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CORPUS PROFESSOR OF JURISPRUDENCE IN THE UNIVERSITY OF OXFORD.
7 CLARK & FINNELLY; 11 BLIGH (N. S.); WEST; 10 SIMONS;
3 YOUNGE & COLLYER, EX. EQ.; 4 MEESON & WELSBY;
SWEET AND MAXWELL, LIMITED, 3, CHANCERY LANE.
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PREFACE TO VOLUME LI.
At p. 139 of this volume we have the ch discussed case of Birtwhistle v. Vardill, where the f is dictum of the great men of the realm at the parliarif Merton “quod nolunt leges Angliæ mutare" received a suict interpretation. Historically the result was correct enough in this sense, that if such a case could have arisen in the thirteenth century the King's counsellors and judges would almost certainly have decided it as the House of Lords did five centuries later. Considered in the light of the general current of modern authority on questions of personal status in relation to domicil, the decision is anomalous. The learning of the judges in the antiquities of the law might have been more critical. They were perhaps excusable at the time for treating that farrago of impudent fictions called the “Mirror of Justices” as a serious authority (p. 168), but hardly so for relying on the false Ingulf, which had already been exposed by Palgrave. Munro v. Munro, p. 103, shows that the whole doctrine of domicil as bearing on legitimacy was still in an immature condition sixty years ago.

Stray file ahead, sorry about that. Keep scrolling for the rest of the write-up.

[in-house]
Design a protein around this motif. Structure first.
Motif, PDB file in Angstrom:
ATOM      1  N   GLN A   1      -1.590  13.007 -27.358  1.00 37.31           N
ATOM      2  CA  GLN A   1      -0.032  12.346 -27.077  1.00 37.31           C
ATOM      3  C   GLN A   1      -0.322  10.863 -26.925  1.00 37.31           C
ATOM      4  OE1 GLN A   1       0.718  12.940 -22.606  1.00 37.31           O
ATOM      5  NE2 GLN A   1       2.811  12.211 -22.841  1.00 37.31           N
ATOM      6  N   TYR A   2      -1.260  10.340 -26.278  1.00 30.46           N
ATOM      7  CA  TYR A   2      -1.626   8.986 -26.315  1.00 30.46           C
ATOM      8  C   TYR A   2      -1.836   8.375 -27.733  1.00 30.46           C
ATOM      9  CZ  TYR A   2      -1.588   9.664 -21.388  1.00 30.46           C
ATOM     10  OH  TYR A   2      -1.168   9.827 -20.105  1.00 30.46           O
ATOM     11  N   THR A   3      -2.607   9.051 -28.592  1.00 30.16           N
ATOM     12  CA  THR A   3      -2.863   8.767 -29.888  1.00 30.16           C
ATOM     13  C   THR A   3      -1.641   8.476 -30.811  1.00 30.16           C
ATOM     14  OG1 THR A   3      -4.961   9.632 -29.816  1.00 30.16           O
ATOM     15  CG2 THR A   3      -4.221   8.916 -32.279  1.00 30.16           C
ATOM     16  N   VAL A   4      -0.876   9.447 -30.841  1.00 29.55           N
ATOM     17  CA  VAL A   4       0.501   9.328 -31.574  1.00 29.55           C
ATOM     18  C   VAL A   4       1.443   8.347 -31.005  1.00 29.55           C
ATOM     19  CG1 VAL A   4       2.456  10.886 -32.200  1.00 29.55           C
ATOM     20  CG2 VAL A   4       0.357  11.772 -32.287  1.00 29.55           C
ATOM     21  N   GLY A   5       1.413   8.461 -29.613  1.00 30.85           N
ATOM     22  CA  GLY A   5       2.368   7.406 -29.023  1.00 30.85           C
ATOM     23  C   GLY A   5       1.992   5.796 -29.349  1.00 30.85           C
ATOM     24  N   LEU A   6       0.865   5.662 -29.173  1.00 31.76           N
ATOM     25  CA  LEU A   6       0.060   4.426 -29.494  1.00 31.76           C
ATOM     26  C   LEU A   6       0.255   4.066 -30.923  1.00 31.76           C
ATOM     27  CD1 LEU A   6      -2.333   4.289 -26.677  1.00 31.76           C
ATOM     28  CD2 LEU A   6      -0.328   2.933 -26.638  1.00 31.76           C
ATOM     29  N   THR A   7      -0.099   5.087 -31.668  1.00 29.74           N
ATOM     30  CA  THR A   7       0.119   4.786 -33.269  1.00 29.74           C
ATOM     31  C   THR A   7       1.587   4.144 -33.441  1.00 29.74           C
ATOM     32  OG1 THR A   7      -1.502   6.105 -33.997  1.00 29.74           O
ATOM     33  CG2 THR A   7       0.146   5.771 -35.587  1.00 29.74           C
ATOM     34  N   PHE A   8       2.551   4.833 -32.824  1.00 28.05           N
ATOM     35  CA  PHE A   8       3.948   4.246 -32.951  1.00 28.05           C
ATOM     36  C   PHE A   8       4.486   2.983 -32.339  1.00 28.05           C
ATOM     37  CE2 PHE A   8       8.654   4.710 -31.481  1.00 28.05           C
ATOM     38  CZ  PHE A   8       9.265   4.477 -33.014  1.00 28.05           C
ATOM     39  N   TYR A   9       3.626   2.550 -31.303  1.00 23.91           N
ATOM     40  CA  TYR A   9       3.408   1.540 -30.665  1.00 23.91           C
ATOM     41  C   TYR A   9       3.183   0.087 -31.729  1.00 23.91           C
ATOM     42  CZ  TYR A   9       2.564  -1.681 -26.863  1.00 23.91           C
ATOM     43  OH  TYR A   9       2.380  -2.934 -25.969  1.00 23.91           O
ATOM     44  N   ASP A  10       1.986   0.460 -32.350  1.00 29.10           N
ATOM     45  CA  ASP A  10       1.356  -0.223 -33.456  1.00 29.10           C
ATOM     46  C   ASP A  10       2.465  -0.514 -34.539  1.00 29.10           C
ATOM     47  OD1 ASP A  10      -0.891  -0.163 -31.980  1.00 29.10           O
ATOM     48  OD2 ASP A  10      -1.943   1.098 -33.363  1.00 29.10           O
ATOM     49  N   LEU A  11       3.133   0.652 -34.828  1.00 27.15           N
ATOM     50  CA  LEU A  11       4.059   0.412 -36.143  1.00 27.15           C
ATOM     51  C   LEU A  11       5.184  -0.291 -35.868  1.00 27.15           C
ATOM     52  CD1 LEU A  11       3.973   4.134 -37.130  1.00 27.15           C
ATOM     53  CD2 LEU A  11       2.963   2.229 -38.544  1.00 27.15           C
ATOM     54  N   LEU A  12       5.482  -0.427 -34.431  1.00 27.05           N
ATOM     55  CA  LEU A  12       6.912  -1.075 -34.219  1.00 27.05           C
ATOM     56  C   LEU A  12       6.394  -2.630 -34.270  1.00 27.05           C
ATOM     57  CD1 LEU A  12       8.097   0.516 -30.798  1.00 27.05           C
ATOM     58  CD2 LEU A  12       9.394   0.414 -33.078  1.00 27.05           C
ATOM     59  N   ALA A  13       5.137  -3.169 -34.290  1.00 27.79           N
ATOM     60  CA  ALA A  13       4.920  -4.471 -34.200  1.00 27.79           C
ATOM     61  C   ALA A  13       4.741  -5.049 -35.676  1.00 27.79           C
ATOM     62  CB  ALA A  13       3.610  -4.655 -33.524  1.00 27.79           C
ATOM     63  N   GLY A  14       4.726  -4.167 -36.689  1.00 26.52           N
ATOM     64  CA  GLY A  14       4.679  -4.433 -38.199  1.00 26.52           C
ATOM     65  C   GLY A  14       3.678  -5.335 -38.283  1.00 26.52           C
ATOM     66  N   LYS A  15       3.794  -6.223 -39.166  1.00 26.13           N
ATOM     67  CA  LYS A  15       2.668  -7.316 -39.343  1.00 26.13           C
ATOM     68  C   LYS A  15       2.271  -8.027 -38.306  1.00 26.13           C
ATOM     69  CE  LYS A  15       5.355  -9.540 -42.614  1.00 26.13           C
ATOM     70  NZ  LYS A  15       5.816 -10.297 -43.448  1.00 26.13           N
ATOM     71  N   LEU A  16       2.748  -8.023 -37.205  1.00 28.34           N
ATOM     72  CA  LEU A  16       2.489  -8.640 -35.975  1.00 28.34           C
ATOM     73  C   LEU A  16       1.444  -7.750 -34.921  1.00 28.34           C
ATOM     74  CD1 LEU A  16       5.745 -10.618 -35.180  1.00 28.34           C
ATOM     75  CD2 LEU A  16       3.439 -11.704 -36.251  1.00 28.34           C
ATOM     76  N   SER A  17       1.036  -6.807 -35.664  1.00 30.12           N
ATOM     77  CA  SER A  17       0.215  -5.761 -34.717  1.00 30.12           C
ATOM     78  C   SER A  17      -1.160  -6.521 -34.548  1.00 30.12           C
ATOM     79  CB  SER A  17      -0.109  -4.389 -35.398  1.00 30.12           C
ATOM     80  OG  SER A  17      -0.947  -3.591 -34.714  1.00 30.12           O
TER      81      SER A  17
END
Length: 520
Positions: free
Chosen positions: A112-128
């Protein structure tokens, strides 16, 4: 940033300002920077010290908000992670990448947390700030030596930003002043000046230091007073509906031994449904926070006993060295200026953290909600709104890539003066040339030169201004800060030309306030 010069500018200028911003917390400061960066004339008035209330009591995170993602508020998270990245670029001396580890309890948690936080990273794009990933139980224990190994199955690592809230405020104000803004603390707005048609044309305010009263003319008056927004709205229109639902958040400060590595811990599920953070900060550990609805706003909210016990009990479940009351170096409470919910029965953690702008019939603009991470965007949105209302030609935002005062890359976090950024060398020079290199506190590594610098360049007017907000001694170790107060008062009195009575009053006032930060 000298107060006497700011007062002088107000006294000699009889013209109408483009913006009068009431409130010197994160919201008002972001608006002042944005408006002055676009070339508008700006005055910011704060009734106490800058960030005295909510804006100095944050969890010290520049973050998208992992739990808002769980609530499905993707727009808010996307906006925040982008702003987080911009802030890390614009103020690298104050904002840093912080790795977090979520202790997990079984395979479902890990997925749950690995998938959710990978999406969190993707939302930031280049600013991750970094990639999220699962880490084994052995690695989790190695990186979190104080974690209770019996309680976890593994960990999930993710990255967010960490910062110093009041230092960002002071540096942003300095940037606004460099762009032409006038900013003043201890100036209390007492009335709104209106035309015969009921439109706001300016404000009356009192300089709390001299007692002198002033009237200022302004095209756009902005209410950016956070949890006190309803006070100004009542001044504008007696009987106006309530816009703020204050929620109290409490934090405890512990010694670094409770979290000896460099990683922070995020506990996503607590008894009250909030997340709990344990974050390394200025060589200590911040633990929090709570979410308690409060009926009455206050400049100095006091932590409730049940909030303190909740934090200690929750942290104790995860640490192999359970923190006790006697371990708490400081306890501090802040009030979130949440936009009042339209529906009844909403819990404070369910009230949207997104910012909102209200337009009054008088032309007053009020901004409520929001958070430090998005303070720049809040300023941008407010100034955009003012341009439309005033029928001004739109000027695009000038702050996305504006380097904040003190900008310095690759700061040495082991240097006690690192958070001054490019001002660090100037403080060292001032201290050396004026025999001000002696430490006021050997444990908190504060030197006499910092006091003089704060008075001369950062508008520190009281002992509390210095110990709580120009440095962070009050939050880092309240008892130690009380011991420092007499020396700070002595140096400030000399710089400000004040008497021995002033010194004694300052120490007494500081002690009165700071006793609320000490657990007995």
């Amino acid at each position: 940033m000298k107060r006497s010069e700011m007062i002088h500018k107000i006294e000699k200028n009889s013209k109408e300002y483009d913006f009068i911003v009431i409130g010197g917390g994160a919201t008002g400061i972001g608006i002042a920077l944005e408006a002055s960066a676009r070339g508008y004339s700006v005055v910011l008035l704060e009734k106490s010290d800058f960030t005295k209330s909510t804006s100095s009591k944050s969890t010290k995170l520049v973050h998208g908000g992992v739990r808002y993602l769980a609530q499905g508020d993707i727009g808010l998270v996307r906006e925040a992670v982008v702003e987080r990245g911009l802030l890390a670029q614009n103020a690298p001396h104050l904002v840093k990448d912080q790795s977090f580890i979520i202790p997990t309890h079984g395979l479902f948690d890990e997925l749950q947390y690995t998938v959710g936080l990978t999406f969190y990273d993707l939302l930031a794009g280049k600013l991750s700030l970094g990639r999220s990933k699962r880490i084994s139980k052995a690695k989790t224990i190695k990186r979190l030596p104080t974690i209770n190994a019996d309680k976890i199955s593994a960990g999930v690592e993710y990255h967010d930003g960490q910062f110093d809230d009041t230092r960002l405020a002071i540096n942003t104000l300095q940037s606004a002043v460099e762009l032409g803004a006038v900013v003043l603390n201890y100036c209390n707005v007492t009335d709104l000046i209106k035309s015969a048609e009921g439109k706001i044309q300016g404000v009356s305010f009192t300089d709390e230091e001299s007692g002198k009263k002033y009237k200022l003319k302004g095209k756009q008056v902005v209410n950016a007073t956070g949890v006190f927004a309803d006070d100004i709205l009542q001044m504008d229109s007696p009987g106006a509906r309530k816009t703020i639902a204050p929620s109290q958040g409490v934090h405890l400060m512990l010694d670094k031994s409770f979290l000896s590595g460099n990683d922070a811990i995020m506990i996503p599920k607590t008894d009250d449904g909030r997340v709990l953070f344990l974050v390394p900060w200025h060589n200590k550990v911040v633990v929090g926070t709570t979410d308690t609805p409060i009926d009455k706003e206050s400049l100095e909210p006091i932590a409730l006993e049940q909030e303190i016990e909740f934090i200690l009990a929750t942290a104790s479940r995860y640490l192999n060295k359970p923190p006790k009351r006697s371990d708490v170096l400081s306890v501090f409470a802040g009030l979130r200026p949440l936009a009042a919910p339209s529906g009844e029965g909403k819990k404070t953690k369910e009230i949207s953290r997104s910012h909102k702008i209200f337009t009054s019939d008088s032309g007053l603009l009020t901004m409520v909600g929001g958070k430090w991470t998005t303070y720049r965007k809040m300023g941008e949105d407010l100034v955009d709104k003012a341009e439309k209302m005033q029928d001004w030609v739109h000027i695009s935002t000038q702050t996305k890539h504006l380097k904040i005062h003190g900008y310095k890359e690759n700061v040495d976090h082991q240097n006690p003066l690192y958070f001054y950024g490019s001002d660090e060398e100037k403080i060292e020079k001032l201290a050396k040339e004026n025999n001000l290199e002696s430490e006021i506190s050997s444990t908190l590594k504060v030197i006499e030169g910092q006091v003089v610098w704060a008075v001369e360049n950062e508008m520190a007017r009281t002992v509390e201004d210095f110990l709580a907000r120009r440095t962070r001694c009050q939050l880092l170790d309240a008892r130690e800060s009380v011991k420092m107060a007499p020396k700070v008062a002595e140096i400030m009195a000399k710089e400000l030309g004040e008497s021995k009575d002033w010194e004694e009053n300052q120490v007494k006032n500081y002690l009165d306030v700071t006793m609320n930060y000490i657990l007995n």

Jordan v. Norton, p. 508, is a case well known in students' books, perhaps rather because, being concerned with horses, it has a certain remote flavour of sport, than for any other assignable reason. As far as the point of law goes, it is an elementary case of failure to form a contract, the parties never having agreed on the same terms.
Hemingway v. Hamilton, p. 497, is very doubtful indeed. No judicial comment on it of any kind has been found. It certainly does not decide, as represented in some oldfashioned text-books, that it is not fraudulent to inake a
contract with the intention of not per
Recent text-writers appear to be unanimous in ignoring it, or mentioning it only by way of warning.
Chanter v. Hopkins, p. 650, is noteworthy for Lord Abinger's statement as to the difference between a warranty and a condition or integral term of the contract, though the latter may be called a warranty. “I have always considered that to be as sound an exposition of the law as can be,” said Martin, B. in the Exchequer Chamber in 1867: Azémar v. Casella, L. R. 2 C. P. 677, 679.